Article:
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Real-Time Radio Search Engine From Music Industry's Nemesis 59

Posted by timothy
from the gadflies-love-being-swatted dept.
An anonymous reader writes "From the guy who brought you CD syncing and the original music locker (both of which saw lawsuits from record labels) comes the latest invention to rock the music world: a real-time radio search engine. 1000s of worldwide stations are indexed in real-time and users can search and play most any popular artist — even the digital holdouts (Tool, Led Zeppelin, etc) that are unavailable on paid services like Spotify. (Kinda wonder why Google hasn't done this.) Link on main page points to an API for those who want to build mobile and web services."
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Real-Time Radio Search Engine From Music Industry's Nemesis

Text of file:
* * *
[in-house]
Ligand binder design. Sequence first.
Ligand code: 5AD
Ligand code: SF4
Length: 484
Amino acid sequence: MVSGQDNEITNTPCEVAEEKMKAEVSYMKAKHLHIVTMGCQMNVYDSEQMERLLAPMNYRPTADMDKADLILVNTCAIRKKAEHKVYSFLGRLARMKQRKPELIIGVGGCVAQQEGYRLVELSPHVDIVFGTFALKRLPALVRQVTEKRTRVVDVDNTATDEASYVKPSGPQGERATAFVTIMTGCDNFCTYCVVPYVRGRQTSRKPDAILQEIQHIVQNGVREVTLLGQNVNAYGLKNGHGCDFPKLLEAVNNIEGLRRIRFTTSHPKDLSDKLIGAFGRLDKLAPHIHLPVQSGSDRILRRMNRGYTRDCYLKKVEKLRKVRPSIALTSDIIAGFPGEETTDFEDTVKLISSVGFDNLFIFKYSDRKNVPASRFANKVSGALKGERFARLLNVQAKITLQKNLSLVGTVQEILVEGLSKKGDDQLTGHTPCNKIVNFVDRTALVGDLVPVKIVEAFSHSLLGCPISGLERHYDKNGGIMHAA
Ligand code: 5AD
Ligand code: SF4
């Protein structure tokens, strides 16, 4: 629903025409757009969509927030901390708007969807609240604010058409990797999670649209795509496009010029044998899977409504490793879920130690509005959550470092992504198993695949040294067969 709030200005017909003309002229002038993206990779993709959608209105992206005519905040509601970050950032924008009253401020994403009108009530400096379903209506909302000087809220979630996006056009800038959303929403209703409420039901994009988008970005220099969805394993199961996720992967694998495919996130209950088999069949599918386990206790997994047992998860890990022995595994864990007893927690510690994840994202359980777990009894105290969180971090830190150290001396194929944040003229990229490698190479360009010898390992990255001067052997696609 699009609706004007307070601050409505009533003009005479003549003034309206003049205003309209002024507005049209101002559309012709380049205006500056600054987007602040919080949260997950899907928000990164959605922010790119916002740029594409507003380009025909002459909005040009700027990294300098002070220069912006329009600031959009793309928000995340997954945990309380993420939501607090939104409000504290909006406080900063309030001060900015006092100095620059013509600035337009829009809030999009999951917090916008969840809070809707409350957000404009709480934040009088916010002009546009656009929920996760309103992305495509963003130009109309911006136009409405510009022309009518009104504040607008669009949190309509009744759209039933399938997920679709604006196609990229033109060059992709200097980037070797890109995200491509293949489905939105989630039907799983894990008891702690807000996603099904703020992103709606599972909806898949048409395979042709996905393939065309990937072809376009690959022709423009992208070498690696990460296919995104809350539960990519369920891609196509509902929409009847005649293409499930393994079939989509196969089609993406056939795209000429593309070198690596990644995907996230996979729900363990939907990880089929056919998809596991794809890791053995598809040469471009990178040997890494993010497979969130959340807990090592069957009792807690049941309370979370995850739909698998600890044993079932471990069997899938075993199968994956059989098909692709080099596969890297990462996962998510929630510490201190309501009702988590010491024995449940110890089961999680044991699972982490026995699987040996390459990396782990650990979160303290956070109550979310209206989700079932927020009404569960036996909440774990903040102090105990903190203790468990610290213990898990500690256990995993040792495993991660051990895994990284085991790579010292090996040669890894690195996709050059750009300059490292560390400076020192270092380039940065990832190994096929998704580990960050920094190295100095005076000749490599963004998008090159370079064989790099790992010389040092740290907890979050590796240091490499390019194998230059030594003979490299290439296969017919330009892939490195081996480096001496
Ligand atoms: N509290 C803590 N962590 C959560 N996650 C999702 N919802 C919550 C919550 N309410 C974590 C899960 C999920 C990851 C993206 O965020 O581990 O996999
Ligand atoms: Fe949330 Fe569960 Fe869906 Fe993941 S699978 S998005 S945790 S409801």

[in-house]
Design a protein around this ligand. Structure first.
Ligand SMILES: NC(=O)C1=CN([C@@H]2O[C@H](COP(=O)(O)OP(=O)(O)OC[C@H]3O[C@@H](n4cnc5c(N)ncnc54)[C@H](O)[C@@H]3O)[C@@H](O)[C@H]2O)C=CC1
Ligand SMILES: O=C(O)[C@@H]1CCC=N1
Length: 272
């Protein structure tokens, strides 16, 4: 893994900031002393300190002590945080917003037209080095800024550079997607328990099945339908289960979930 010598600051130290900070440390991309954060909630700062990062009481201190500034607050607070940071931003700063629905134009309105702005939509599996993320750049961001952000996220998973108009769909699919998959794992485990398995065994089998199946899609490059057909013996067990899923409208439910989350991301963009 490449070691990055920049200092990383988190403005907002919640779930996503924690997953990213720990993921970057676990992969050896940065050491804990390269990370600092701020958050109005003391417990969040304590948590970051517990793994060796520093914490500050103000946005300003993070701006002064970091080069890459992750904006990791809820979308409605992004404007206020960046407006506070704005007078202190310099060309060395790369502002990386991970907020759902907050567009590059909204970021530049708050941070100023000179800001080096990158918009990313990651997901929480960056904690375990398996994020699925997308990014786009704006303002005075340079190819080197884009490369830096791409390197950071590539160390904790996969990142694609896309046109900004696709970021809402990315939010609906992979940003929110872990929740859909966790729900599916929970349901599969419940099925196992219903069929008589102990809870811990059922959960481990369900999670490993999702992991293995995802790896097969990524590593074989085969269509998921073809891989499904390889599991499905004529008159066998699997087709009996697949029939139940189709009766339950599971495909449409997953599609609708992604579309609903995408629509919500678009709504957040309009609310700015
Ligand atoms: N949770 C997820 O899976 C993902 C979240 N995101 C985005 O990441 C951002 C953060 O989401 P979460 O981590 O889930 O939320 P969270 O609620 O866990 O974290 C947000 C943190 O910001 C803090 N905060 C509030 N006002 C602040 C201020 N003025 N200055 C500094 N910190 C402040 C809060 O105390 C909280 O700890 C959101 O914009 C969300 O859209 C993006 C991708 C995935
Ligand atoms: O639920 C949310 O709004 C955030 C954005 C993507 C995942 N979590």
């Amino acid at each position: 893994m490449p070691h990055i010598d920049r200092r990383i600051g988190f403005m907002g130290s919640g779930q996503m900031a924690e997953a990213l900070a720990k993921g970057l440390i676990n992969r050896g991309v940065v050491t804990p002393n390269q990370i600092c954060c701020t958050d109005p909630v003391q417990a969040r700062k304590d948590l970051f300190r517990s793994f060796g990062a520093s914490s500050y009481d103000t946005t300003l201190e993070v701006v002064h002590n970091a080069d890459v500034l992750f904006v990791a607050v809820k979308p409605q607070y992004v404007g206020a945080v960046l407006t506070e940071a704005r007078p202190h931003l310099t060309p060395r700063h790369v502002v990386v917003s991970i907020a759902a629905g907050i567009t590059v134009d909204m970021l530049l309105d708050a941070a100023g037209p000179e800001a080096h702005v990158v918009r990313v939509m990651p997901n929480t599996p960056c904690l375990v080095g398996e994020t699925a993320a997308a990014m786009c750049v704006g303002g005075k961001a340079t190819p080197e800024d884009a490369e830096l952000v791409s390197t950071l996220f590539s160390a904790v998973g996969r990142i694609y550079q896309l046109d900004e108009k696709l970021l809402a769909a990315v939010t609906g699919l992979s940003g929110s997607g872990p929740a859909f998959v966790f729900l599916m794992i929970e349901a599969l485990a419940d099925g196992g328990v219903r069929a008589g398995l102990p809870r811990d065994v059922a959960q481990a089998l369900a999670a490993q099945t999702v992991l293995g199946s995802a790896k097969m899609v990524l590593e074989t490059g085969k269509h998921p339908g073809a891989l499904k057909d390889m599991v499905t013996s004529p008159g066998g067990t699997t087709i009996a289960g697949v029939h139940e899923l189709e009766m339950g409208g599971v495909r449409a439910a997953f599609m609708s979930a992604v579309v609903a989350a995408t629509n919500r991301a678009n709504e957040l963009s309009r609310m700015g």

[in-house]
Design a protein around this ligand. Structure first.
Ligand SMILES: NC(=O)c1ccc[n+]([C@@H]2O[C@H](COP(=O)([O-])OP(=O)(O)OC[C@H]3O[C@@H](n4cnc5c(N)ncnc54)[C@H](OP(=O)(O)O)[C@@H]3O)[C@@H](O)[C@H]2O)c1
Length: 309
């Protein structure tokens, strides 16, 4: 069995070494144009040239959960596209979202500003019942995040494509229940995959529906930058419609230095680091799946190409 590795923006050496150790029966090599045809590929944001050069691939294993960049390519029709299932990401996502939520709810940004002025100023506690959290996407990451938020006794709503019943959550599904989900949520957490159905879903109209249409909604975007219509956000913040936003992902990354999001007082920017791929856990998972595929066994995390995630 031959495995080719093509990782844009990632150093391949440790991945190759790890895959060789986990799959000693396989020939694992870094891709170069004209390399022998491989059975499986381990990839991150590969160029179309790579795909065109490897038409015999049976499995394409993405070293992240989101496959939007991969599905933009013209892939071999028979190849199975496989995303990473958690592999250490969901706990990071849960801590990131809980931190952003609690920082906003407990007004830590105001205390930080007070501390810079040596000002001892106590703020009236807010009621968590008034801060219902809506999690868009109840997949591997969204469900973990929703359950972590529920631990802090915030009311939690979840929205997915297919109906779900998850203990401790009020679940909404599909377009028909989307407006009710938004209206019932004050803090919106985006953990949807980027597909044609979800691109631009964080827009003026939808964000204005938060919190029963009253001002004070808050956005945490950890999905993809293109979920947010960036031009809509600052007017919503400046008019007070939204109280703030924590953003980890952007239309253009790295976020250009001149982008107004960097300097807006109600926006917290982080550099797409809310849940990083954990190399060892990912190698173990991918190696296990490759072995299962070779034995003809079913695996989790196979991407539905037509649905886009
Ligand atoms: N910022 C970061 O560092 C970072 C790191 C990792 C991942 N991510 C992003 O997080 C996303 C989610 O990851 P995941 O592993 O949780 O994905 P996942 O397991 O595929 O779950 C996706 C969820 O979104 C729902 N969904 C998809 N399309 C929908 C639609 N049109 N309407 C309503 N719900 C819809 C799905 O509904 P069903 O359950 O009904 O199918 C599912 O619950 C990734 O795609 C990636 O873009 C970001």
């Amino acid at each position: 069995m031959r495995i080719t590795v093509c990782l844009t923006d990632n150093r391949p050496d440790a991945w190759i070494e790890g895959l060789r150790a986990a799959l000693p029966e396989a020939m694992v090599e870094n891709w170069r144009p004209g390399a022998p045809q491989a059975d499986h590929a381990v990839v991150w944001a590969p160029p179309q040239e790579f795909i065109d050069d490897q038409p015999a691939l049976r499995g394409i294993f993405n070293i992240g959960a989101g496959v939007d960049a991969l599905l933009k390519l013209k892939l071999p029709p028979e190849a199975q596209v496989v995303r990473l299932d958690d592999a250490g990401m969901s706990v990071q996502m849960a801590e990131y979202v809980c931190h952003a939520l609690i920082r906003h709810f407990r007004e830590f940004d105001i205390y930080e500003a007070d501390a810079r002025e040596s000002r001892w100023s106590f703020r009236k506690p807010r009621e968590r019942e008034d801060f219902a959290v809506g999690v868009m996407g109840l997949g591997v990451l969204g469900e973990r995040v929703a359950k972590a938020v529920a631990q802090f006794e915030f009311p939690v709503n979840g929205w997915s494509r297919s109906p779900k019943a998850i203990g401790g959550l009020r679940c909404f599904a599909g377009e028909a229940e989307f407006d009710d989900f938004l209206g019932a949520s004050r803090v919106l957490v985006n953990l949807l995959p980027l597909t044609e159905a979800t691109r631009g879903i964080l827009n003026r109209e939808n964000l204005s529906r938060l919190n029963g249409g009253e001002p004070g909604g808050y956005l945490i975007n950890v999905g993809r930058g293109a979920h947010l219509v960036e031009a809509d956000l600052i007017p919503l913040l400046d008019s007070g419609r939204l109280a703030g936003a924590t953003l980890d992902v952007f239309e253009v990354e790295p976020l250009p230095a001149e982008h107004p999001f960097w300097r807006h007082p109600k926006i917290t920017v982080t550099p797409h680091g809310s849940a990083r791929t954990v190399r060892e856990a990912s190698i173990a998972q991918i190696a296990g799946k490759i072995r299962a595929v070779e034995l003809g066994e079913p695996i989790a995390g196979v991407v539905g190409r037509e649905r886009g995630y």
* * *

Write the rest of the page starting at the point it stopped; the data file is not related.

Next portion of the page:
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  • Innocent? (Score:3, Informative)

    by kubajz (964091) on Saturday November 16, 2013 @07:34AM (#45442075)
    This seems quite innocent and hugely useful at the same time - can anyone see the angle from which the rights holders will most likely try to attack his effort? :)
    • Re:Innocent? (Score:5, Insightful)

      by paiute (550198) on Saturday November 16, 2013 @07:44AM (#45442105)

      This seems quite innocent and hugely useful at the same time - can anyone see the angle from which the rights holders will most likely try to attack his effort? :)

      Yes. "More people are listening to our product, therefore...uh...GIVE US MONEY!"

    • Re: Innocent? (Score:4, Interesting)

      by malchus842 (741252) <stephen@adamsemail.net> on Saturday November 16, 2013 @07:47AM (#45442121) Homepage
      Sure. Pass new laws that make it illegal....or include it in the new Trans-Pacific treaty, along with every other wish they have on their list.....
    • There are many free radio station aggregators, even a somewhat cripple one from Apple. I never could figure out why people pay for that kind of service.
    • by stjobe (78285) on Saturday November 16, 2013 @08:10AM (#45442165) Homepage